distinguished lecture series presents
This lecture series is also part of the Distinguished Women in Math Lecture Series, organized by the Women in Math(WIM) group. To learn more about WIM, please visit https://ww3.math.ucla.edu/women-in-math/
Contractibility as uniqueness: What does it mean for something to exist uniquely? Classically, to say that a set A has a unique element means that there is an element x of A and any other element y of A equals x. When this assertion is applied to a space A, instead of a mere set, and interpreted in a continuous fashion, it encodes the statement that the space is contractible, i.e., that A is continuously deformable to a point. This talk will explore this notion of contractibility as uniqueness and its role in generalizing from ordinary categories to infinite-dimensional categories.
Path induction and the indiscernibility of identicals: Mathematics students learn a powerful technique for proving theorems about an arbitrary natural number: the principle of mathematical induction. This talk introduces a closely related proof technique called “path induction,” which can be thought of as an expression of Leibniz’s “indiscernibility of identicals”: if x and y are identified, then they must have the same properties, and conversely. What makes this interesting is that the notion of identification referenced here is given by Per Martin-Löf’s intensional identity types, which encode a more flexible notion of sameness than the traditional equality predicate in that an identification can carry data, for instance of an explicit isomorphism or equivalence. The nickname “path induction” for the elimination rule for identity types derives from a new homotopical interpretation of type theory, in which the terms of a type define the points of a space and identifications correspond to paths. In this homotopical context, indiscernibility of identicals is a consequence of the path lifting property of fibrations. Path induction is then justified by the fact that based path spaces are contractible.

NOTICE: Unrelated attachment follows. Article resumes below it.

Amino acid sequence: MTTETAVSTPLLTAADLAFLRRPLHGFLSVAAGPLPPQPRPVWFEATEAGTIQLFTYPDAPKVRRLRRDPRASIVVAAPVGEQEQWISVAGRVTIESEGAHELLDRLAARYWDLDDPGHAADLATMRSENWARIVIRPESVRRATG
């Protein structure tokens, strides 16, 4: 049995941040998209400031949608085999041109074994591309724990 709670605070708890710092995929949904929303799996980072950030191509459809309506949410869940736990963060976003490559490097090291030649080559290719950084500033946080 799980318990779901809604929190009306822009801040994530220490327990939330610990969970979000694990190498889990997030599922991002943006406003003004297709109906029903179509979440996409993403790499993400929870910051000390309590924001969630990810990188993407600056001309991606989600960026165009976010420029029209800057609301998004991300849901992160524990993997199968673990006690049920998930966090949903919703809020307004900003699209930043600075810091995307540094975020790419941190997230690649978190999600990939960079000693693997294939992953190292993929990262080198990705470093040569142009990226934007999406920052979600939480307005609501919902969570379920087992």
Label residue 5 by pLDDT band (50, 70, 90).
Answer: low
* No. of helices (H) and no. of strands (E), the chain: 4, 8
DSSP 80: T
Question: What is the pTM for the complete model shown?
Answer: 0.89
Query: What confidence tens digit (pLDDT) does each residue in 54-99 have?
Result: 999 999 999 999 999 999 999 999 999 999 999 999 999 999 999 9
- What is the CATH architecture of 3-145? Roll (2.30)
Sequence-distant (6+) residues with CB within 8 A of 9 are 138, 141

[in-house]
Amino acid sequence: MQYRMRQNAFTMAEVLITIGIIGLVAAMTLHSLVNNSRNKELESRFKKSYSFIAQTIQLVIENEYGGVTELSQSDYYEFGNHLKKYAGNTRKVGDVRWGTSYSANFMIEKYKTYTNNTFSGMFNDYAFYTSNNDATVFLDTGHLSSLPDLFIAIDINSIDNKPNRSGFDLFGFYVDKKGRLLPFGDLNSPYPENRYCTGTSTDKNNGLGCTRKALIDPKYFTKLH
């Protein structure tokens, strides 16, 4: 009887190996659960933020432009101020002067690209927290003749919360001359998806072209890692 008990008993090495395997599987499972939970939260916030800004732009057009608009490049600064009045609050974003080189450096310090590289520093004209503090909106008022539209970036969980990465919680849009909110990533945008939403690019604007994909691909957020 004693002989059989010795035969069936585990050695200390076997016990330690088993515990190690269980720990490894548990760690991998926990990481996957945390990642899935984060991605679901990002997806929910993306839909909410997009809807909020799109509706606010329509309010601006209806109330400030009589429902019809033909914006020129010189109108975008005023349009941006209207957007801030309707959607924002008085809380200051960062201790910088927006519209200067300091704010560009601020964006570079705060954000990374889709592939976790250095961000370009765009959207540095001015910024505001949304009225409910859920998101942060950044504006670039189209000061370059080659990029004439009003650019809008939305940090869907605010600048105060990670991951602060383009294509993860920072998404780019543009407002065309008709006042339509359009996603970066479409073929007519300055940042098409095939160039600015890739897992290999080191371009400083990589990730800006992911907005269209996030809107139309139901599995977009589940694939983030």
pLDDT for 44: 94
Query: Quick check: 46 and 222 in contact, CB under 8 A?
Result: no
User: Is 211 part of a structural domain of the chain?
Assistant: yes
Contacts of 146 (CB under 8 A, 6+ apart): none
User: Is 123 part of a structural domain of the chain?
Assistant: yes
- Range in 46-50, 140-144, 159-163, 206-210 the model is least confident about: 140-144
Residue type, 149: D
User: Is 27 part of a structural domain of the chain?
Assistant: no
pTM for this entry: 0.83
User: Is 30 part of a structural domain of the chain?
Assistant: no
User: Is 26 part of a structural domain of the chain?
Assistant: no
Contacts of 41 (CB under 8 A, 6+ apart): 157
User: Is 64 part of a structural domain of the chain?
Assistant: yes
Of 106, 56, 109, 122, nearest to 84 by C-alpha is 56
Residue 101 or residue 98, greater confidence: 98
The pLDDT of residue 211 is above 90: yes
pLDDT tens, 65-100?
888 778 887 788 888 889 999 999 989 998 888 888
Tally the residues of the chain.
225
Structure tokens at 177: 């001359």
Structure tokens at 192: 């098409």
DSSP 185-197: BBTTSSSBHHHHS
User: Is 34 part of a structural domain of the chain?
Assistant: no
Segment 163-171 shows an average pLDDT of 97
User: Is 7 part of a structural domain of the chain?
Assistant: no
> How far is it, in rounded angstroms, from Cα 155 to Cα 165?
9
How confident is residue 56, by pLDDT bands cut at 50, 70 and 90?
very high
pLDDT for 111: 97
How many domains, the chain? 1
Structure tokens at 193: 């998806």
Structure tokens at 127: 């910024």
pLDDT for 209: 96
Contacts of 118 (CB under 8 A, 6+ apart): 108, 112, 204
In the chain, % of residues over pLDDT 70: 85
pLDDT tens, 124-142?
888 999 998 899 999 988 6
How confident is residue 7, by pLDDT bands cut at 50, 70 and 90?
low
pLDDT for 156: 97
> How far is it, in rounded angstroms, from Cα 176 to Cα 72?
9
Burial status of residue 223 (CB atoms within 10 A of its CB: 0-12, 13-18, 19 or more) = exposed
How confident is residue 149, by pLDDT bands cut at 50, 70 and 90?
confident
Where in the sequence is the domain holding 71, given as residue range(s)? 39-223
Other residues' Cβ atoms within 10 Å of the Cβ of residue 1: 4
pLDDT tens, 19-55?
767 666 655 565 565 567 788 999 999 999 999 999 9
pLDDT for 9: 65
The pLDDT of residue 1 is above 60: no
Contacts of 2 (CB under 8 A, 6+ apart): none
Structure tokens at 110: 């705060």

Arrow induction and the dependent Yoneda lemma: Arguably the least straightforward theorem of 1-category theory to extend to ∞-categories is the Yoneda lemma. The aim of this talk will be to present a few new perspectives on this result that can be used both to generalize its statement and provide a model-independent proof. Because we work at a level of abstraction in which an ∞-category is simply an object in a suitable “∞-cosmos,” no prior acquaintance with ∞-categories will be required. We show that Ross Street’s “Chevalley criterion” gives rise to two model-independent characterizations of “cartesian fibrations” of ∞-categories in terms of the presence of certain right adjoints. In fact, cartesian arrows can be characterized similarly in terms of the presence of certain “relative” right adjoints, from which the characterization of cartesian fibrations follows by considering the generic cartesian lift of the universal arrow. These notions can then be used to state and prove a fibrational form of the Yoneda lemma. By an analogy in which arrows in an ∞-category are thought of as directed paths, there is a principle of “arrow induction” that categorifies the principle of “path induction.” We explain how this unravels to a “dependent” generalization of the Yoneda lemma. This involves joint work with Dominic Verity and Mike Shulman.